We performed WGBS to monitor methylation levels proximal to the gRNA targets within EVD and ATR. We observed a decrease in CG methylation, while genome-wide methylation levels remained unaffected, recapitulating the effects observed at the FWA promoter (Supplementary Fig. 9a–d and 10). The SunTag system can thus be used to determine the biological consequences of activating specific TEs or TE families, rather than evaluating stress experiments or mutants that globally upregulate the expression of TEs21,22,28,29.
To test the generality of this activation system, we also targeted two unmethylated loci within the Arabidopsis genome. A zinc-finger-VP64 fusion has been shown to target and upregulate the expression of the floral development gene APETALA3 (AP3)30. To test whether we could activate AP3 with our system, we designed two gRNAs to target the AP3 promoter. By qRT-PCR, we observed over 300-fold and 500-fold upregulation of AP3 in T1 and T2 plants, respectively, compared to controls (Supplementary Fig. 11a). However, we did not observe the previously described AP3 overexpression phenotype30, perhaps due to tissue-specific differences in transgene expression.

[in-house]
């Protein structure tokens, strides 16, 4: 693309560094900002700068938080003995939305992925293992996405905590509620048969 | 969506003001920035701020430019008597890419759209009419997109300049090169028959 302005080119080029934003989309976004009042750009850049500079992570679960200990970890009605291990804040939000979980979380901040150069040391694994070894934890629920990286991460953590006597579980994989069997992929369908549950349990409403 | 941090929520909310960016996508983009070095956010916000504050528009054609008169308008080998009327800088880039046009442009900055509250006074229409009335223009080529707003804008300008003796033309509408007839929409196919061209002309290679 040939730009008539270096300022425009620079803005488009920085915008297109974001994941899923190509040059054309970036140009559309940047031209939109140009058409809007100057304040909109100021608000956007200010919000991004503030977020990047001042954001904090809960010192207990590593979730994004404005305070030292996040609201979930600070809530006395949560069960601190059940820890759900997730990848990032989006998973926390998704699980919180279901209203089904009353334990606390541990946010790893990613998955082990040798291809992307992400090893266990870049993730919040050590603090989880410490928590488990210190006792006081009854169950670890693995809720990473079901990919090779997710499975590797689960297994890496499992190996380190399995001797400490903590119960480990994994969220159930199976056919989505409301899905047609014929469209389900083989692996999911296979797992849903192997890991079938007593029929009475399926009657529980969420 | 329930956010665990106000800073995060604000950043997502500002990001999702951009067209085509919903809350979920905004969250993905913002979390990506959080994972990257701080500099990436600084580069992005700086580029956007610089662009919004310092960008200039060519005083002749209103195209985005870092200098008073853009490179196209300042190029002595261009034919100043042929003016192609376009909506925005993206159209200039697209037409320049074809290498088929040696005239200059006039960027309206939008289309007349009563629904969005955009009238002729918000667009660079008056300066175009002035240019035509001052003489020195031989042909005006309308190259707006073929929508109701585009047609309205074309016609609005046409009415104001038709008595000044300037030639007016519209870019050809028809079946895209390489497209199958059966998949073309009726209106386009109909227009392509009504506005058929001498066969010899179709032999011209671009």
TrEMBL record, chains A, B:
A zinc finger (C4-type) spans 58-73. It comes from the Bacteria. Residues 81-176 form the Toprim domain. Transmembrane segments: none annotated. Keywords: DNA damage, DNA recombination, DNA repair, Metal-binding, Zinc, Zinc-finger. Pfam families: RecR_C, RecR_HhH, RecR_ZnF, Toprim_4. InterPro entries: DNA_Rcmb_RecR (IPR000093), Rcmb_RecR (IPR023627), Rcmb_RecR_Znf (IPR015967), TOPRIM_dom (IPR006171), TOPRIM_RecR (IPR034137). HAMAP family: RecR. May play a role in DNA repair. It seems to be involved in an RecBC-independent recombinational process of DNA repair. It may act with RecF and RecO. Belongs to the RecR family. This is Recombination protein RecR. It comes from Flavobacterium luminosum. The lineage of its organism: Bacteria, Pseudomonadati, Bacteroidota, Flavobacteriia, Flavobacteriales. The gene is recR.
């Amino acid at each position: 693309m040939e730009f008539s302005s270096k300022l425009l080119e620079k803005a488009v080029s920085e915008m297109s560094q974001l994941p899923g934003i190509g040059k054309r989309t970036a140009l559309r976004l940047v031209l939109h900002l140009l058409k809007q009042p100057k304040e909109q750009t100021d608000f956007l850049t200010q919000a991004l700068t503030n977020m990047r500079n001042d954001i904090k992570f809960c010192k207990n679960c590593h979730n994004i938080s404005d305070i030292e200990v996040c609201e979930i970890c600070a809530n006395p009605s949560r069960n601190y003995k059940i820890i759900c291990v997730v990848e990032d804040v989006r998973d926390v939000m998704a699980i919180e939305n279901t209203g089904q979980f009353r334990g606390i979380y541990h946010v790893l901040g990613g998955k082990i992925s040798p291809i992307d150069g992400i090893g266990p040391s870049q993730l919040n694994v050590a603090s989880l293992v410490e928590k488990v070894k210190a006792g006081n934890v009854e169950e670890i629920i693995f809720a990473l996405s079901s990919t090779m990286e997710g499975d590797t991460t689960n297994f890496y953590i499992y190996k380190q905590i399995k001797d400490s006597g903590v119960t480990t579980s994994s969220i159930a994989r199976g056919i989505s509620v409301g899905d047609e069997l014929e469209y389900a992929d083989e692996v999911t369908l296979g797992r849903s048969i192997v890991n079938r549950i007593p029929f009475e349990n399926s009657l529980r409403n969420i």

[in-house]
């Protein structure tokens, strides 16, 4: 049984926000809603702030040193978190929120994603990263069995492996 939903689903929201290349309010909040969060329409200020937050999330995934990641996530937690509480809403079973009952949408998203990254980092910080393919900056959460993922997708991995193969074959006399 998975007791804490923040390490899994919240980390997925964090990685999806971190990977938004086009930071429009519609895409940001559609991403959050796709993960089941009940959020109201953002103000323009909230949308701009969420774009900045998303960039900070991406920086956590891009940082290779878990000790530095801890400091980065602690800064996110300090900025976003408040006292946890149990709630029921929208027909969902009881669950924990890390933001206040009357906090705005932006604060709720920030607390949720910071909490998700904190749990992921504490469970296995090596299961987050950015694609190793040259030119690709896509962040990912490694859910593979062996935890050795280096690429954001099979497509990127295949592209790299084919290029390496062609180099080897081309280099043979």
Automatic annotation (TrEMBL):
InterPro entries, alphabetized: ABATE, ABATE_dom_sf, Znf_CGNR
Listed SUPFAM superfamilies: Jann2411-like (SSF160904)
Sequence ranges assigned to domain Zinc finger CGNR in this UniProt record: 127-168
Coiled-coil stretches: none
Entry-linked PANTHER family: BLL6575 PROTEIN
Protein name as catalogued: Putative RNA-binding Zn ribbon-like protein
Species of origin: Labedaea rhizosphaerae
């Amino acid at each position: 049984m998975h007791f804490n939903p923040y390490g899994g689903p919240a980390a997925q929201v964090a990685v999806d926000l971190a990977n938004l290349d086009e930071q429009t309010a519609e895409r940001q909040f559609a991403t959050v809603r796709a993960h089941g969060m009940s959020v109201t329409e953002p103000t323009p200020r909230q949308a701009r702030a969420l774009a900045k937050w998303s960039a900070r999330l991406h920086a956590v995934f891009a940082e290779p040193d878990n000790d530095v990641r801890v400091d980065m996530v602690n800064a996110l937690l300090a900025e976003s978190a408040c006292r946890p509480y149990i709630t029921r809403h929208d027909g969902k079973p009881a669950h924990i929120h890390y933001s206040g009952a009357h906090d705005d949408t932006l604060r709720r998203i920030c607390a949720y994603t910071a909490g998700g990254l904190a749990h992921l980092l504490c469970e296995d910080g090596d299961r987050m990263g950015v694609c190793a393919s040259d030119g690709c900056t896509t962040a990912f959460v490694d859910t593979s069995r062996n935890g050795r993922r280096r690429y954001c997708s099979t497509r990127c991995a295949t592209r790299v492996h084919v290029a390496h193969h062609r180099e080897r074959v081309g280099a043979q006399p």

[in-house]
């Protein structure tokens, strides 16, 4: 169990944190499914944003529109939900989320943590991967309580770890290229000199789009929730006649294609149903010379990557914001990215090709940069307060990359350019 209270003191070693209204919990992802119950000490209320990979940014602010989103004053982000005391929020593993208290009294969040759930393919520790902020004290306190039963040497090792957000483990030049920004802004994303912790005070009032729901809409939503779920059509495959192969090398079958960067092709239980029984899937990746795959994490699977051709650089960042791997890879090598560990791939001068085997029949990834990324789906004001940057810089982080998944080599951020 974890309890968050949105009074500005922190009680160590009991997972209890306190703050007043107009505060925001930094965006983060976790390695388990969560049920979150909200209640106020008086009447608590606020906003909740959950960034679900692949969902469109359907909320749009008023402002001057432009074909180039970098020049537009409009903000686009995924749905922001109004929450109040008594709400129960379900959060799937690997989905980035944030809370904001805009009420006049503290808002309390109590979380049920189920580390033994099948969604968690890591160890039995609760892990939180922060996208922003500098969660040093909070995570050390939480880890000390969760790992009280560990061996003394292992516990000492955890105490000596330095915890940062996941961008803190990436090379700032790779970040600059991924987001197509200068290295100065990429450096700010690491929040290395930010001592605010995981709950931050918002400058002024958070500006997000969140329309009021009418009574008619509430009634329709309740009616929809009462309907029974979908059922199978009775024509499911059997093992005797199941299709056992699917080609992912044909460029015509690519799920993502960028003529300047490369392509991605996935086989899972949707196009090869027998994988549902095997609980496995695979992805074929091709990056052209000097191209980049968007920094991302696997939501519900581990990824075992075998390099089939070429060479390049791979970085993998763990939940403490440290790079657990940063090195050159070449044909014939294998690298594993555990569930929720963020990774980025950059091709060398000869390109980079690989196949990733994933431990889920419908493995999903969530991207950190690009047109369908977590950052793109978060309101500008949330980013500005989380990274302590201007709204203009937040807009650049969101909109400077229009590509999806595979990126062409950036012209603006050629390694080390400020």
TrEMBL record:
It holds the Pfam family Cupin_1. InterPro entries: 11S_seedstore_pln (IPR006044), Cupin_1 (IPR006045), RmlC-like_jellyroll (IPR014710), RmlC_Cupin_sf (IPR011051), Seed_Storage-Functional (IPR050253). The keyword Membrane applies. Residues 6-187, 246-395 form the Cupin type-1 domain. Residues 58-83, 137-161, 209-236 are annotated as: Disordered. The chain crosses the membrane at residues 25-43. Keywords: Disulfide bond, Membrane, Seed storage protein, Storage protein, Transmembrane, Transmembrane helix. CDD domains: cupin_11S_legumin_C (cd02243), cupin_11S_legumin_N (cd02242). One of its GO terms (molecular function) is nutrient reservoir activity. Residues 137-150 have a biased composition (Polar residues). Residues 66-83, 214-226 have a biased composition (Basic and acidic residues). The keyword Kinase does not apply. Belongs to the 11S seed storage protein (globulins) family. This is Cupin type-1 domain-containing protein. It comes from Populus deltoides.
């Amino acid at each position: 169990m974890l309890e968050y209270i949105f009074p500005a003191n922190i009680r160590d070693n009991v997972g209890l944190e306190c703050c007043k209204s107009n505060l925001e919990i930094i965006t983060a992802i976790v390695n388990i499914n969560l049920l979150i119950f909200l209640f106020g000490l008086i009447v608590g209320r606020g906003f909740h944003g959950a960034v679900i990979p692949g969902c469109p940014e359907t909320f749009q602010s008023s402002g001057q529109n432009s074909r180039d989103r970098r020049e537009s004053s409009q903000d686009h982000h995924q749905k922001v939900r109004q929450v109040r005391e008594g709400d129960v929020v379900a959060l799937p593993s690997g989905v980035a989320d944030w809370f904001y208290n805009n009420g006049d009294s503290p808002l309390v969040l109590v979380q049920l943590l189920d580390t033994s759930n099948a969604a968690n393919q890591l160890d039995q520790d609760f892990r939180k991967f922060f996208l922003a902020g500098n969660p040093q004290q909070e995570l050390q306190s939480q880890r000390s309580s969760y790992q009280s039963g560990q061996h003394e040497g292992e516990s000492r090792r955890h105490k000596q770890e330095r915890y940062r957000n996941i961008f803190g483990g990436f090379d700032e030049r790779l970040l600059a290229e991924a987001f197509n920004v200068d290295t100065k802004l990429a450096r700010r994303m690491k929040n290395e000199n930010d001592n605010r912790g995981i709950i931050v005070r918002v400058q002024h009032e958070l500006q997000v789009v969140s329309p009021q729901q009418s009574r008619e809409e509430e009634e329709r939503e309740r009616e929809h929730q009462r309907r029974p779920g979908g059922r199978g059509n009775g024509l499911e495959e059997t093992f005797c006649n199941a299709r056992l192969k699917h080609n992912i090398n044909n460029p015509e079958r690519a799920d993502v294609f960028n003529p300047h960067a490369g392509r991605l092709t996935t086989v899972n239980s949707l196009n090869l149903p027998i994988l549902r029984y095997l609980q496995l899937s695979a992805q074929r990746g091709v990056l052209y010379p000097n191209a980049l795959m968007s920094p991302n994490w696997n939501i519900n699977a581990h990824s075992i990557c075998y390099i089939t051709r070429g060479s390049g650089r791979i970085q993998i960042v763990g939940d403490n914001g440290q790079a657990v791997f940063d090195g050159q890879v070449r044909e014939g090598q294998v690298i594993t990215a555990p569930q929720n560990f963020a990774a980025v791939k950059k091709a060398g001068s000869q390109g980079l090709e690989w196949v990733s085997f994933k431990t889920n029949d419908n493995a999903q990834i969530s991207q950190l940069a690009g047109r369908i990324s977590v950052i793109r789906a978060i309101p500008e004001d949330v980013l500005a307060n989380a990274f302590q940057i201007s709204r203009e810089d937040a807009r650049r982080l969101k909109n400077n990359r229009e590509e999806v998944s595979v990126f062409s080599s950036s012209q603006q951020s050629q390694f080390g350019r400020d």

We also targeted the unmethylated stem cell regulator CLAVATA3 (CLV3) with two gRNAs31. We observed strong upregulation of CLV3 in several T1 lines where some exhibited the previously reported wuschel mutant phenotype-where the generation and maintenance of stem cells are perturbed in the meristem-arising from CLV3 overexpression31, which persisted in T2 plants (Fig. 2c, d and Supplementary Fig. 11b). Thus, SunTag VP64 can site-specifically activate genes with methylated or unmethylated promoters.
A SunTag-based methylation targeting system